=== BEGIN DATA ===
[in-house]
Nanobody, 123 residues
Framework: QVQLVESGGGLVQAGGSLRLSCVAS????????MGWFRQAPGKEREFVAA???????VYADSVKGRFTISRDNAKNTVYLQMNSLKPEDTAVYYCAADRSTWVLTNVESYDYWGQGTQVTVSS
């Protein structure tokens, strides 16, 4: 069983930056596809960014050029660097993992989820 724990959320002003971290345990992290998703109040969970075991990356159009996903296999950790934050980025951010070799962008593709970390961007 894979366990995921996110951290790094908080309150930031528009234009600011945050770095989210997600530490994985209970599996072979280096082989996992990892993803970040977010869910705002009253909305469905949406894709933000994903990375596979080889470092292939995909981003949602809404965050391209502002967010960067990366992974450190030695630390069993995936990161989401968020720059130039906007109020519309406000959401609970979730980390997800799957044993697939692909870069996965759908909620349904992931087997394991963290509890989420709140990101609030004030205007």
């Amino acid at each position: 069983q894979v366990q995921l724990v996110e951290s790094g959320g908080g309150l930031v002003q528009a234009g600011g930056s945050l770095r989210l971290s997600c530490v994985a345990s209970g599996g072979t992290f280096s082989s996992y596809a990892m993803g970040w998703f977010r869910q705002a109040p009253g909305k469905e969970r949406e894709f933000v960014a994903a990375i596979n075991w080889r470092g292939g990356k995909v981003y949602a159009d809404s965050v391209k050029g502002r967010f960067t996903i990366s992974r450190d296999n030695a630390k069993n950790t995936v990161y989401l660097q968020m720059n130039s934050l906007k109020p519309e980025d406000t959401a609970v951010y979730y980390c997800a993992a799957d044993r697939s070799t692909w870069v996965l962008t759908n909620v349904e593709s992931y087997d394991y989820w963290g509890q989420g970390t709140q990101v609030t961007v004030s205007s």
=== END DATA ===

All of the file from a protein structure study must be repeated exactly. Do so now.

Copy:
[in-house]
Nanobody, 123 residues
Framework: QVQLVESGGGLVQAGGSLRLSCVAS????????MGWFRQAPGKEREFVAA???????VYADSVKGRFTISRDNAKNTVYLQMNSLKPEDTAVYYCAADRSTWVLTNVESYDYWGQGTQVTVSS
């Protein structure tokens, strides 16, 4: 069983930056596809960014050029660097993992989820 724990959320002003971290345990992290998703109040969970075991990356159009996903296999950790934050980025951010070799962008593709970390961007 894979366990995921996110951290790094908080309150930031528009234009600011945050770095989210997600530490994985209970599996072979280096082989996992990892993803970040977010869910705002009253909305469905949406894709933000994903990375596979080889470092292939995909981003949602809404965050391209502002967010960067990366992974450190030695630390069993995936990161989401968020720059130039906007109020519309406000959401609970979730980390997800799957044993697939692909870069996965759908909620349904992931087997394991963290509890989420709140990101609030004030205007």
């Amino acid at each position: 069983q894979v366990q995921l724990v996110e951290s790094g959320g908080g309150l930031v002003q528009a234009g600011g930056s945050l770095r989210l971290s997600c530490v994985a345990s209970g599996g072979t992290f280096s082989s996992y596809a990892m993803g970040w998703f977010r869910q705002a109040p009253g909305k469905e969970r949406e894709f933000v960014a994903a990375i596979n075991w080889r470092g292939g990356k995909v981003y949602a159009d809404s965050v391209k050029g502002r967010f960067t996903i990366s992974r450190d296999n030695a630390k069993n950790t995936v990161y989401l660097q968020m720059n130039s934050l906007k109020p519309e980025d406000t959401a609970v951010y979730y980390c997800a993992a799957d044993r697939s070799t692909w870069v996965l962008t759908n909620v349904e593709s992931y087997d394991y989820w963290g509890q989420g970390t709140q990101v609030t961007v004030s205007s």